This section is still under heavy development but contains a few basics to get you started. Although many teams still use vertical offence, horizontal offence is slowly becoming the dominant strategy. There are many reasons to use horizontal offence, before it was “new” and so had an element of surprise. One of the main reasons horizontal offence is preferred more than vertical is because it’s easier to cut because there is usually more open space. A typical vertical stack up the middle will leave one side of the field open (a little more than 1/3 the width of the field). On the other hand, horizontal offence in the most ideal situations can create a lot more open space by isolating the entire middle (a little less than 2/3’s the width). In addition, in a vertical stack, it’s usually the last cutters in the stack who initiate the cut, in a horizontal formation… any of the four lane cutters are dangerous threats.
The illustrations below explain the details of horizontal offence. For those unfamiliar with horizontal offence, unlike vertical offence, the handlers should keep the disc in the middle in most situations. Horizontal offence relies on keeping the middle of the field clear at all times, as a result keeping defenders busy is an important aspect. It’s a very easy offence to poach on, so always be ready to exploit poaches.
Just by looking at the diagrams below, one obvious difference between horizontal offence is the amount of free (vertical) deep space. As a result, huck plays can be very easy to pull off. In reaction to this, many teams will force “straight-up” for a few stall counts, so your handlers should be solid enough to break the force at any time.
This is a diagram to show you the setup of a Horizontal offense. There are 3 handlers back with the disc, all inline with one another. 4 lane cutters are positioned 10–15 yards downfield, set up in pairs on each side of the field, creating space in the middle. Typically, the lane cutters will have some designated sequence such as calling numbers for a sequence of cuts (e.g. 4–5−6–7), or designating the two initiating cuts by calling one person a “primary” cutter and another a “secondary”, or by giving positions such as “mids” and “strikers”. Horizontal is a very free flowing offense, though, so these designations should really only be used as a guideline particularly for initiating movement downfield.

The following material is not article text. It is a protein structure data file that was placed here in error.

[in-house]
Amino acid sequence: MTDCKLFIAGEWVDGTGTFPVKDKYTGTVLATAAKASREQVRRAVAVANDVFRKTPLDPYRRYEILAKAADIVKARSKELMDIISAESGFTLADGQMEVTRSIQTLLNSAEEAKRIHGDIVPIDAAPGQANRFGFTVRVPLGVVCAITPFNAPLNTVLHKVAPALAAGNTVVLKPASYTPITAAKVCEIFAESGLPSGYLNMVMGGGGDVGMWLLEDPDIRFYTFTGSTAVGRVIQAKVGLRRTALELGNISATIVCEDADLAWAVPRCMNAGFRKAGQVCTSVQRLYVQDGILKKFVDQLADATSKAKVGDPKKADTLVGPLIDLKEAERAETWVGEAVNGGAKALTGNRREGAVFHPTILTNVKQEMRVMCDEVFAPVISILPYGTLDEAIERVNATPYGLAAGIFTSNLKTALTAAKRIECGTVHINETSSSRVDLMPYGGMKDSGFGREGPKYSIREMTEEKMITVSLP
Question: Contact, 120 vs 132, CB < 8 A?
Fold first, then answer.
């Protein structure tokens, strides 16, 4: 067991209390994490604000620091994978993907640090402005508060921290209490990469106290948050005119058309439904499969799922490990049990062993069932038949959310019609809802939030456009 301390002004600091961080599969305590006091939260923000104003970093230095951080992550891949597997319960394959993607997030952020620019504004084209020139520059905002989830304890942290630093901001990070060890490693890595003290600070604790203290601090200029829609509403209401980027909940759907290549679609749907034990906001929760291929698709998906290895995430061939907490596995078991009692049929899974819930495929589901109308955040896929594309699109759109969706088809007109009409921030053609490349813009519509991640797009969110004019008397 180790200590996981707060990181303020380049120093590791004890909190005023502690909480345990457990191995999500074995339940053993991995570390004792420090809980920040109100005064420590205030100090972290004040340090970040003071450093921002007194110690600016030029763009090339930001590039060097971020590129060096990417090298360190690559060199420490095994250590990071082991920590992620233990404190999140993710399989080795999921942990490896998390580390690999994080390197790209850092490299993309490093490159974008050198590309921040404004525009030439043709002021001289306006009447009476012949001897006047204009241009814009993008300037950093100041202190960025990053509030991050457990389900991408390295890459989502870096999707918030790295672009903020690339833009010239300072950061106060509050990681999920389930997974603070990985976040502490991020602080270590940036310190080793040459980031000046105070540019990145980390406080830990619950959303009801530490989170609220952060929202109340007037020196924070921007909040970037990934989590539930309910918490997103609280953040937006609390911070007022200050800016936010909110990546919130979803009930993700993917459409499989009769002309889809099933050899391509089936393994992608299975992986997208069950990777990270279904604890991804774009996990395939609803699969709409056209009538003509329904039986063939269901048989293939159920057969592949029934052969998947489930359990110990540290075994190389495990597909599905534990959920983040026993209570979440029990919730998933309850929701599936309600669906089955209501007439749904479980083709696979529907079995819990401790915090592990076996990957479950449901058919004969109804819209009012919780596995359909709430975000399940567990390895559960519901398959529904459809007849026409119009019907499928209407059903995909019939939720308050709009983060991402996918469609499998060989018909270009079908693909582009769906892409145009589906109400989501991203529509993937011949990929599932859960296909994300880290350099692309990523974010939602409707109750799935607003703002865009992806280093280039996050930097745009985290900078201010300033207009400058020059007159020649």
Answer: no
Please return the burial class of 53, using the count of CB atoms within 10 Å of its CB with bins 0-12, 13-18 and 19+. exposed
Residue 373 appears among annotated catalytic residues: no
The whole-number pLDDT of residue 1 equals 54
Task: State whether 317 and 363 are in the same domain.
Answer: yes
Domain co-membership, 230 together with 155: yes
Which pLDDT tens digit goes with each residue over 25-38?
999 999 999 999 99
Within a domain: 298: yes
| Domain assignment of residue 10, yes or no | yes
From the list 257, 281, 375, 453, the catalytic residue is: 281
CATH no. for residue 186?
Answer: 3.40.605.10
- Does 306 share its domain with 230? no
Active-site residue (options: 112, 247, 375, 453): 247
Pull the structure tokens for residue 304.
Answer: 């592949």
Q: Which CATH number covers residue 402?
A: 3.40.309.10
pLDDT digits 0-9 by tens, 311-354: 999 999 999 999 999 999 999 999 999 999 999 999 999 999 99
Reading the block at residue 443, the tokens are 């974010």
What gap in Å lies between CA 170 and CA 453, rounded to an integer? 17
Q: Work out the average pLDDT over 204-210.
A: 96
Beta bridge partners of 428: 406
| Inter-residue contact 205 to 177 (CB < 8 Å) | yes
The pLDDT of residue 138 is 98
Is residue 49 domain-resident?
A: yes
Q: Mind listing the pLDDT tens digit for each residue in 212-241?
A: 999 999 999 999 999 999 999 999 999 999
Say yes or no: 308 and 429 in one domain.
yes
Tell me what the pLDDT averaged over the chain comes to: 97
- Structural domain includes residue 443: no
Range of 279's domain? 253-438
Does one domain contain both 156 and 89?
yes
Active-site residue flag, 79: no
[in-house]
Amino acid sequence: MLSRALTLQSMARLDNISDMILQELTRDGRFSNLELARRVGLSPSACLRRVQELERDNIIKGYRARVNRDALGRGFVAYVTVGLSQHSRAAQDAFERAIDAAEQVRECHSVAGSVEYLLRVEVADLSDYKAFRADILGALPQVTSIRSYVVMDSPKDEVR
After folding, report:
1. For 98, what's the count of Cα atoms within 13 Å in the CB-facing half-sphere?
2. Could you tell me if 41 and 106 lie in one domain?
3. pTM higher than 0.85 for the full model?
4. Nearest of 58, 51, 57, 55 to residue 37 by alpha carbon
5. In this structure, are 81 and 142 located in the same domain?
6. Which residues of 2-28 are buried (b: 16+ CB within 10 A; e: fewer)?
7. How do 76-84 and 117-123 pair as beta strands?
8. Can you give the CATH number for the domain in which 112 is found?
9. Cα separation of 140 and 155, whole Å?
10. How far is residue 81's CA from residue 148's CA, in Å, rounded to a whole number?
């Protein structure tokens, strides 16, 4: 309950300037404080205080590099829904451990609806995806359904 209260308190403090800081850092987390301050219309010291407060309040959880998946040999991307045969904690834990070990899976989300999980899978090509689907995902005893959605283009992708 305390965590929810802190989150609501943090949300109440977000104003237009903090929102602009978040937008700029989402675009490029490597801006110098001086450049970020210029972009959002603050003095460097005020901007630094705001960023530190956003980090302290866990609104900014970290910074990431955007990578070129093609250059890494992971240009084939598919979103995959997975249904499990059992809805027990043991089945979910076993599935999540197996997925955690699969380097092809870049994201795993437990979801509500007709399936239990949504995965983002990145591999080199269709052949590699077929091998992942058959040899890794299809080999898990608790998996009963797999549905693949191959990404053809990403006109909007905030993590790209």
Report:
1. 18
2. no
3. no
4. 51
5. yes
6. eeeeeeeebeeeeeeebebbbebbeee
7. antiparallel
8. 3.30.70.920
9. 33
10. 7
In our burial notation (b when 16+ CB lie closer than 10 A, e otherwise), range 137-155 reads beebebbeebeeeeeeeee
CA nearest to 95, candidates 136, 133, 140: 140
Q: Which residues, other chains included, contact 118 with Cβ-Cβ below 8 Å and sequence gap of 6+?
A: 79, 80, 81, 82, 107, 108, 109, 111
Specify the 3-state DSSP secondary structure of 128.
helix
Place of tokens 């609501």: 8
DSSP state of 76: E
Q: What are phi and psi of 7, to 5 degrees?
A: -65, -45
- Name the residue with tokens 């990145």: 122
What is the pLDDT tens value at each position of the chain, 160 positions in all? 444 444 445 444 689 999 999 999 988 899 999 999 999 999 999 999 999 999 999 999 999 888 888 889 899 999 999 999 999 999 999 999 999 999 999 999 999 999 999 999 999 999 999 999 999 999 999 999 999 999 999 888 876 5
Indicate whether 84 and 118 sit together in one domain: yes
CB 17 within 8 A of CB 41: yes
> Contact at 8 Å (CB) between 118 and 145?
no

Horizontal Setup (Image)
This is a very basic demonstration of how lane cutters can set up and initiate their cuts in a horizontal offense. For this part, ignore the handlers and pay particular attention to the positioning and the movement of the lane cutters.
Lane Cutting (Flash Illustration)
After you have completed a pass up-field to a lane cutter, you now face the situation where you have to reposition your players. In the horizontal setup, you want to keep 3 handlers back, and 4 lane cutters spread downfield. When your first pass goes up, the lane cutter who makes the catch essentially becomes a handler. It is the job of the original handlers to reposition themselves by having one of them slide downfield to join the lane cutters. People often ask how do you know which handler moves downfield? It’s a complete judgment call that should be based on a few factors: who is in the best position to shift downfield, and how can we most easily restore our original starting setup (3 handlers, 4 lane cutters, everyone spread across the field)? This is part of the dynamic nature of horizontal O and it’s what not only makes it effective, but also fun.
Repositioning (Flash Illustration)
The horizontal drills section is still under heavy development… for now there is one flash play that has been developed.